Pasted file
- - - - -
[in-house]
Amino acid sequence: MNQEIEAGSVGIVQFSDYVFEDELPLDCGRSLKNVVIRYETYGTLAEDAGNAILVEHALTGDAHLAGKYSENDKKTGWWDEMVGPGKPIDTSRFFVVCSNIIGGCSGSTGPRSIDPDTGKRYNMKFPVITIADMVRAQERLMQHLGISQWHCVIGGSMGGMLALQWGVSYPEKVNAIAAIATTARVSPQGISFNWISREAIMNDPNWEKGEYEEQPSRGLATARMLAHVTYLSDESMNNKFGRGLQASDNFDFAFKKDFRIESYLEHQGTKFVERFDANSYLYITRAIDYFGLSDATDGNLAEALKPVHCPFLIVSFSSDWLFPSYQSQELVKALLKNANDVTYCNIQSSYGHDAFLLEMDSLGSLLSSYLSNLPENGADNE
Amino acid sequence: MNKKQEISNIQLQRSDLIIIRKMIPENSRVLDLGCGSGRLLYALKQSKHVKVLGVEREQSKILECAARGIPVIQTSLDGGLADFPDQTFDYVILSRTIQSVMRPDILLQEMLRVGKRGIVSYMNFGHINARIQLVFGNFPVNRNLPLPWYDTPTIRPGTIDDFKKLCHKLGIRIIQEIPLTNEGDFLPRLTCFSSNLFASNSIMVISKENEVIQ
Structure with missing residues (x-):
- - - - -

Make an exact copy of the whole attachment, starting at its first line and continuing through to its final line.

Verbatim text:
[in-house]
Amino acid sequence: MNQEIEAGSVGIVQFSDYVFEDELPLDCGRSLKNVVIRYETYGTLAEDAGNAILVEHALTGDAHLAGKYSENDKKTGWWDEMVGPGKPIDTSRFFVVCSNIIGGCSGSTGPRSIDPDTGKRYNMKFPVITIADMVRAQERLMQHLGISQWHCVIGGSMGGMLALQWGVSYPEKVNAIAAIATTARVSPQGISFNWISREAIMNDPNWEKGEYEEQPSRGLATARMLAHVTYLSDESMNNKFGRGLQASDNFDFAFKKDFRIESYLEHQGTKFVERFDANSYLYITRAIDYFGLSDATDGNLAEALKPVHCPFLIVSFSSDWLFPSYQSQELVKALLKNANDVTYCNIQSSYGHDAFLLEMDSLGSLLSSYLSNLPENGADNE
Amino acid sequence: MNKKQEISNIQLQRSDLIIIRKMIPENSRVLDLGCGSGRLLYALKQSKHVKVLGVEREQSKILECAARGIPVIQTSLDGGLADFPDQTFDYVILSRTIQSVMRPDILLQEMLRVGKRGIVSYMNFGHINARIQLVFGNFPVNRNLPLPWYDTPTIRPGTIDDFKKLCHKLGIRIIQEIPLTNEGDFLPRLTCFSSNLFASNSIMVISKENEVIQ
Structure with missing residues (x-):